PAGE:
There are, of course, different schools of thought as to how bibliomancy works. Originally, it was a means of seeking divine answers, and the most popular book used for this practice was American Psycho by Bret Easton Ellis (just kidding! It’s the Bible)–though this is not the only text that’s been used for this purpose. Other popular texts included the Aeneid of Virgil, the Iliad and the Odyssey of Homer, and The I Ching has also been used in a similar manner. Seekers of illumination would meditate upon their questions and blindly select a passage in the book, which supposedly would impart to them the divine wisdom they needed for the solution to their problem. In this theory, it is believed that one is led deliberately to their answers by some sort of higher power, or perhaps an angel, spirit guide, or aliens.

Other folks see it as more of a psychological enterprise—a means of communicating with your own damn higher self. Meaning, we most likely already contain the answers to our problems, we just can’t always easily tap into them due to all of the “mental filters” that we have built up through our lives and experiences, clouding our ability to see the issues clearly. By this ideology, it’s not really the book that contains any special or wondrous answers; you already know the solutions you seek, and the chosen passage just acts as a tool to help you access them.

But back to the books– you mustn’t feel compelled to use one of those “sacred” texts to practice bibliomancy. All that’s required is a book that speaks to you at that moment. This could be from the library, a new book you’ve purchased for this inaugural divinatory occasion, or something from your own bogged-down shelves. It could be a spiritual book, fiction, nonfiction, that smutty romance novel that sits on the back of your toilet, or even your beloved, dog-eared, 30-year-old stolen library copy of Harriet The Spy. The books you adore will have had an enormous influence on who you are and your beliefs. These beloved writings will have caused you to examine your own depths, encourage you to think in new ways, and eventually become part of who you are, which is why they are great vehicles for shedding light on the questions to which you are seeking answers.

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Let’s get started, shall we? In preparation for a bibliomantic ritual, give some thought as to the kind of question you want to ask: are you seeking romantic resolution or perhaps repairing a relationship? Or maybe you’re all like,”Love? Fuck that horseshit! Where did my great-great-grandpa bury that hidden treasure?” Perhaps you just want guidance on what to make for dinner tonight, but somehow opening an actual cookbook seems too mundane. Words taken out of their larger context could trigger something deeper than you imagine is possible. This could be the most amazing Monday night supper you’ve ever made!

Focus your question and find your book. Trail your fingertips along the spines of those lonely, mostly unread books (again, no judgment) and see what calls to you. The titles themselves can often reflect how you are feeling, or coincide with a situation you have been dealing with. Maybe the embossed detailing tickles your fancy. Maybe the cracked, faded lettering on your dear copy of The Complete Grimoire of Pope Honorius makes your innards go all cozy and it just feels right. Go with it!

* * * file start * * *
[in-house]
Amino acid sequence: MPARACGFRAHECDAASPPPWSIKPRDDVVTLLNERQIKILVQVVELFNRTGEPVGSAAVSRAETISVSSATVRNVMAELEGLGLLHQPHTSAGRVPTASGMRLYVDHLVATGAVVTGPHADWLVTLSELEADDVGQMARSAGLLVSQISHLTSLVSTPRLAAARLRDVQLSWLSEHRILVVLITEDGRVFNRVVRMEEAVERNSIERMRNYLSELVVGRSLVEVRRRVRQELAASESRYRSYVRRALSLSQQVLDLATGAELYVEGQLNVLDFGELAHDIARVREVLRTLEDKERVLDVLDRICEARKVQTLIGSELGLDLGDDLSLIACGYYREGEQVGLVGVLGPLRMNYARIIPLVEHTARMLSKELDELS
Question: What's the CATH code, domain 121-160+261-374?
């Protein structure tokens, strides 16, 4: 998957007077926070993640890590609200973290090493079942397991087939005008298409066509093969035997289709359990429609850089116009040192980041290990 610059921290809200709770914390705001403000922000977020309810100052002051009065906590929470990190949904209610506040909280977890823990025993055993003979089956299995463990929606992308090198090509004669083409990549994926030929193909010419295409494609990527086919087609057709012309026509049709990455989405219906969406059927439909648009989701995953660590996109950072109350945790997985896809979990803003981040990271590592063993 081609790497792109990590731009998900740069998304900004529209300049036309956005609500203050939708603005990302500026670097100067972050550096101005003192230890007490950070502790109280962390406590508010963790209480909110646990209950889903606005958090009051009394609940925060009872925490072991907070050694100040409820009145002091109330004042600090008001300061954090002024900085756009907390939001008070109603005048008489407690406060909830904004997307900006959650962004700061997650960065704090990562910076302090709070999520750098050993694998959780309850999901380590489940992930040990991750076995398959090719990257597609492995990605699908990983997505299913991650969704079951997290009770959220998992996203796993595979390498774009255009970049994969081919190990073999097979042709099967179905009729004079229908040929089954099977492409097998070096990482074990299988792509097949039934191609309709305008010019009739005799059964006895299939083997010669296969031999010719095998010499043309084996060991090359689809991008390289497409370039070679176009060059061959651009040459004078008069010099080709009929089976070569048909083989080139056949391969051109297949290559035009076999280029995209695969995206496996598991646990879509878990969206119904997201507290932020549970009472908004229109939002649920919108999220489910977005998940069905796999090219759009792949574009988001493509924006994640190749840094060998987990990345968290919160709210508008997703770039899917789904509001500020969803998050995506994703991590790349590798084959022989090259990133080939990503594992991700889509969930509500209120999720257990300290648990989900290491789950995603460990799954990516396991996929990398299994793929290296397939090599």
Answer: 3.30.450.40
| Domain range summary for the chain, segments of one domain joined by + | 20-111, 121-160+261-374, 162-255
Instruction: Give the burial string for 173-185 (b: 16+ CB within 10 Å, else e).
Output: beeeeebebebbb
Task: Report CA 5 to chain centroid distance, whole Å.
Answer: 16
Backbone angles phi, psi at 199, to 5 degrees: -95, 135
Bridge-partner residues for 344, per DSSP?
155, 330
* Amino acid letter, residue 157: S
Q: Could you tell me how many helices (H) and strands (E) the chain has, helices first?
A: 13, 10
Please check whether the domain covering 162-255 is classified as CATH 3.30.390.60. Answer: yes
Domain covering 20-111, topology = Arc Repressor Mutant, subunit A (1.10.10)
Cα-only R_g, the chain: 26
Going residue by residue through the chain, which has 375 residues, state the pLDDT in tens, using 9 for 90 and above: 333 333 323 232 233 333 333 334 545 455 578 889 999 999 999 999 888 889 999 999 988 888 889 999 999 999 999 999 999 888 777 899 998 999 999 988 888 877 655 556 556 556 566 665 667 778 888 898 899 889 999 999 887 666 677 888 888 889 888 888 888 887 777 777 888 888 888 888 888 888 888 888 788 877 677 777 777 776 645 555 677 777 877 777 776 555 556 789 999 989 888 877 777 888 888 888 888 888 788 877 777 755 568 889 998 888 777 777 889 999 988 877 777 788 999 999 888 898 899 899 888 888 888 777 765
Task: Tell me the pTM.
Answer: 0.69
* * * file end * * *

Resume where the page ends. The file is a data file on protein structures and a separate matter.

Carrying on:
Sit with your chosen book in a quiet space and close your eyes. Clear your mind and try to not focus overly much on the emotions attached to the question you need help in answering. What you are aiming for is a state of “calm expectation.” When you feel comfortable, relaxed, and emotionally and spiritually in a good place, ask your question– out loud if you don’t feel too weird about it, or quietly in your mind, if you prefer. Take a few seconds to allow your question to be heard and absorbed. Then pick up the book.

Close your eyes and let your fingers meander through the book’s pages, lingering over the paper wherever you may feel compelled. At some point while doing so, you will intuitively feel the “right” place to stop (or your finger will get tired, that’s a good place to stop, too.) Place your finger on the spot you are drawn to.

Read from where you finger is resting, be it for a few words, a sentence, a paragraph, or an entire passage if you’re into it. At first glance, the words may have no bearing on your question. “What the fuck is this nonsense?” you may wonder, “I asked if my girlfriend is cheating on me and this asshole is talking about cherry blossoms. Thanks a lot, Basho!” Give it some time. Look at the words you are reading: what do they have to tell you about your situation? Do they offer any guidance or inspiration? Do you connect emotionally with what you have just read–did it leave you gleeful, frightened, peevish? Repeat the passage aloud or write it down by hand–your higher mind has deliberately selected these words to help you in some way and eventually you will understand their importance and meaning.